Coakley has SOME chance

by: Chris Bowers

Tue Jan 19, 2010 at 12:47

I want to reiterate something Nate Silver wrote last night: although Scott Brown is the favorite, he is by no means a 100% lock to win.  This is the case across all forecasting models:

  • On, Charles Franklin looks at 18 forecasting models for the campaign, all of which show Brown ahead.  However, a lead in a forecasting model, even across 18 forecasting models, is still not a lock.

    Franklin says that the standard estimate for shows Brown ahead by 6.2% (although the chart at says 6.9%).  In the 55 closest (under 17.0% estimate) statewide elections from 2008-2009, there were 5 instances where's standard Loess regression estimate missed the final results by more than 6.2%, and 4 instances where it was missed the final results by more than 6.9%. That would give Martha Coakley a 4% chance to win if the lead is 6.9%, and a 5% chance to win if the lead is 6.2%.

  • On 538, Coakley is given a 25% chance to win, and Brown an estimated advantage of 2.2%.  That squares with my estimate of Nate's error rate.  Based on Nate's 2008 results and a deficit of 2.2%, Coakley would have a 24% chance to win.

  • And finally, my model gives Coakley a 35% chance to win (although, in this specific case, I actually think it is less, around 31%, given the recent trendline).
4%, 5%, 25%, 31%, 35%--none of these are great chance for Coakley, but they are still chances.  This campaign has not reached the 10% range, at which point the odds of victory would be reduced to zero (at least in an election pitting a Democrat vs. a Republican).

Weather is bad, but turnout appears high anyway.  Whether it is high in Brown areas or Coakley areas is anecdotal and not entirely clear, but Boston does have high turnout.  The standard line has been that higher turnout helps Coakley.

Another point of hope for Coakley is that no polling was conducted yesterday.  Brown's support is very new, and thus very soft.  As such, it is possible there has been some movement back in her direction since Sunday night.  Public opinion does not follow physical laws, and just because a candidate was trending upward does not mean that candidate will continue to trend upward.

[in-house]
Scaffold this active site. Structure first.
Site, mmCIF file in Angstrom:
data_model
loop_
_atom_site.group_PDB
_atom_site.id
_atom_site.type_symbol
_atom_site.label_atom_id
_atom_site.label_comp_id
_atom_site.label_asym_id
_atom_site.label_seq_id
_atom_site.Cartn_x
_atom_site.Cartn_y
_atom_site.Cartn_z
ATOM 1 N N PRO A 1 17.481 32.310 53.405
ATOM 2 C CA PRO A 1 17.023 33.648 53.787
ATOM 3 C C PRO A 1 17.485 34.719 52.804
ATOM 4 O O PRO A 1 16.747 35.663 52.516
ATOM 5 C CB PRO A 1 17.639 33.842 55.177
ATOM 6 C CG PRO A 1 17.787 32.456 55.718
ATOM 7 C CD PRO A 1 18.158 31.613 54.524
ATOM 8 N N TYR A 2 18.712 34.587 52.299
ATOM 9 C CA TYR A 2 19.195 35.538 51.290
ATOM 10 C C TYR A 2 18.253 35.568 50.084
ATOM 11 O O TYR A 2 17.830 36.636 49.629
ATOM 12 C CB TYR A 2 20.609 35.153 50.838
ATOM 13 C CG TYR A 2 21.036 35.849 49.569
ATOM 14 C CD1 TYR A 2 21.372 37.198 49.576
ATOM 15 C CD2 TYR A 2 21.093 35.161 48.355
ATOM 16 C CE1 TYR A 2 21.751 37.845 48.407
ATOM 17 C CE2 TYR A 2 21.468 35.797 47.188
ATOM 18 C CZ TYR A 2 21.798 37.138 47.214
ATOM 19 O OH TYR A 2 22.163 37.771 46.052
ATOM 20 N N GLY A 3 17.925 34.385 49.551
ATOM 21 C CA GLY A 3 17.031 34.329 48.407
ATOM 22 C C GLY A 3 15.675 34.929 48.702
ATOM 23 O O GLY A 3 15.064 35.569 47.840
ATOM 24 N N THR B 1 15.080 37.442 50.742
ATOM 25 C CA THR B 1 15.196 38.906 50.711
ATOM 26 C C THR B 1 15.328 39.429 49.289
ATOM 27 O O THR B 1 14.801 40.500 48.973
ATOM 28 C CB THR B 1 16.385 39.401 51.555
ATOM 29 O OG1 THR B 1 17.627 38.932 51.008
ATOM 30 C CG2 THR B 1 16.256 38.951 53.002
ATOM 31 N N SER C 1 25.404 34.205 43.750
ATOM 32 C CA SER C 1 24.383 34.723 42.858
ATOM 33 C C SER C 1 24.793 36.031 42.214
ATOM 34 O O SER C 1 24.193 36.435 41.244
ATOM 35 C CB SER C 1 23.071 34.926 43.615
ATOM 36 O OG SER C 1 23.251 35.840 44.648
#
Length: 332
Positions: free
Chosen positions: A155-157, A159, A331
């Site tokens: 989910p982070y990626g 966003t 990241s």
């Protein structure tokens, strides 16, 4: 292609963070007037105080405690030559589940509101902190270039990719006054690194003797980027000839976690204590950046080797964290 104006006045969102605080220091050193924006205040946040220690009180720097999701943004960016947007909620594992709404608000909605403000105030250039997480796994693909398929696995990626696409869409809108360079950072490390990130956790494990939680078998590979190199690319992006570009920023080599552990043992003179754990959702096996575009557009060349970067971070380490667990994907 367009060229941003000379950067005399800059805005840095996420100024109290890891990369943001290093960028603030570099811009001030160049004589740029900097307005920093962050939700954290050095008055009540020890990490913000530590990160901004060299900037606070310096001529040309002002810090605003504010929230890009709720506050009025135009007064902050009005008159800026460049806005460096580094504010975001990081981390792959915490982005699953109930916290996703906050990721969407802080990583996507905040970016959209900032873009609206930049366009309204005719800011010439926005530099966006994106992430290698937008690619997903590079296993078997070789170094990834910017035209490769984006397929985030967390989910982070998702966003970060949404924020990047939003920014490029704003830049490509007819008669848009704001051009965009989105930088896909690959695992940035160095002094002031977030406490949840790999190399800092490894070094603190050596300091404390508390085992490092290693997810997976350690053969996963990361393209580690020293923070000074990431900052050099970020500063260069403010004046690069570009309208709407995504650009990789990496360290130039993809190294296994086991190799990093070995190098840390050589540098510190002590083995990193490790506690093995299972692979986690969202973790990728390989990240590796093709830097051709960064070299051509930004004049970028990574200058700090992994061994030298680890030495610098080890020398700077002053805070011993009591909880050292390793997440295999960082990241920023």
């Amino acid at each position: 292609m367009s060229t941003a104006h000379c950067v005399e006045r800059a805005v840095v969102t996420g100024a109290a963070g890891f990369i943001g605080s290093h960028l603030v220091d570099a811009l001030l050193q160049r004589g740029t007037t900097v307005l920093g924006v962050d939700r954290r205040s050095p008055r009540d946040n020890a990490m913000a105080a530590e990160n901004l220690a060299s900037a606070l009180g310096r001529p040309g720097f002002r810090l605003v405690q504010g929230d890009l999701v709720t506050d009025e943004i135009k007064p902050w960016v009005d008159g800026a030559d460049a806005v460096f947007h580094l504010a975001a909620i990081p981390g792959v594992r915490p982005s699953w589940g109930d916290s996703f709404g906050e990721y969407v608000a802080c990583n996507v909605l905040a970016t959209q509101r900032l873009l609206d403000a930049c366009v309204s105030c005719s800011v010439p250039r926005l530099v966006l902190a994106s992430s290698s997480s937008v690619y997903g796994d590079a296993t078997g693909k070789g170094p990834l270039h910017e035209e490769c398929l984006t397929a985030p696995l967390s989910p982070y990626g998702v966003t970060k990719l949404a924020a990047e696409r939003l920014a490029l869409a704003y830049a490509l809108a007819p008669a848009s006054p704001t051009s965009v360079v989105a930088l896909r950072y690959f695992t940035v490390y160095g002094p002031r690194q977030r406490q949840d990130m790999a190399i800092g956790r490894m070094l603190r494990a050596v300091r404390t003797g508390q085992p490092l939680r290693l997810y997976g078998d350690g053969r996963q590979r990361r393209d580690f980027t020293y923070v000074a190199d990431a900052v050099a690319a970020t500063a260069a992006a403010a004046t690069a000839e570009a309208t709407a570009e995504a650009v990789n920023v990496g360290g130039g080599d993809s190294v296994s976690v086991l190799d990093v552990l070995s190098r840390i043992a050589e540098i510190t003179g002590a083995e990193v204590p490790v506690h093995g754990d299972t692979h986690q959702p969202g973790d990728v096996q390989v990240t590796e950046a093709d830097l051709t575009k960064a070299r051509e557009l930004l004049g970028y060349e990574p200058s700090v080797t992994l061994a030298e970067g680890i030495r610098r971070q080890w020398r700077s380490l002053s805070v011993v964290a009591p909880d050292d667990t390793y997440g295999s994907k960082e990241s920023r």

My best estimate, based on the available data, is that Brown will win by between 0.9% and 2.7%.  However, no matter which way you look at it, Coakley does still have a chance.  Not a good chance, but a chance none the less.

Chris Bowers :: Coakley has SOME chance

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It's about the discipline and drive (0.00 / 0)
to use the weapons of peace, especially if one eschews the weapons of war.

Even in November, GOTV can win the day. It may be the only thing. Remember "with our shields or on them"?

Let's not wait till the last minute next time, it starts now.

Turnout (0.00 / 0)
As Nate put it very cautiously on Twitter this morning

Most careful way to put it is this: all the scenarios that involve Coakley having a shot of winning involve high turnout.

Which is to say, that (using his 25% figure) that low turnout would have meant an almost 0% chance of Coakley's winning, and high turnout therefore means slightly greater than 25% chance.  How much greater is, I think, indeterminable without harder data on how many people are voting where.

-- Stu

Coakley Can win (0.00 / 0)
For Coakley to win she needs African Americans to amount to at least 13% of the electorate and she needs the 18-29 vote to be at least 14% of the electorate. Both can happen. In the latter group she needs to get close to the percentage in the DKOS poll among the 18-29 group (she leads by 26 in that group in that poll, only by 11 in the PPP poll).  In '06 the 18-29 group was 11% of the electorate but Patrick's margin in that group 44%.  In '08 the 18-29 group was 17% of the electorate and Obama's margin in that group was 58%.  My guess is that there are a fair number of marginal young Democratic voters, and if Coakley gets them to the polls both her percentage among the group will go up, and the percentage of the youth vote in the electorate will go up.

This is also the group with the highest unemployment, and I am very worried that this fact will make the group less likely to vote and less Democratic in November.  This piece in the Boston Globe this morning is worrying both for this race and for November.

I think the chance of an upset is bigger than people think.  But Brown's margin among independents/moderates I don't think will go down because it is based on perceptions about the economy.

I do not hear good things about the turnout in Roxbury where it needs to be big.  I think there is a real chance Brown wins by 10 or more.

My Message to Massachusetts Marijuana smokers (0.00 / 0)
We all know Coakley sucks. She crusaded against the Massachusetts decrim initiative in 2008, and after it passed with 65% of the vote urged municipal governments to circumvent it with local ordinances. She then refused to pursue charges against the District Attorneys who illegally used government resources to campaign against the initiative.  

So why do I want you to vote for her?  

Simple. Brown in the Senate will be just as bad on the issue, but by sending Coakley to Washinhgton we get her out of the Attorney General's office, while Brown remaining in the State Senate will have little impact.

This is a Test of the Emergency Free Speech System. This is only a Test. In an actual Free Speech Emergency, I'll be locked up.

How do the polls weight party ID? (0.00 / 0)


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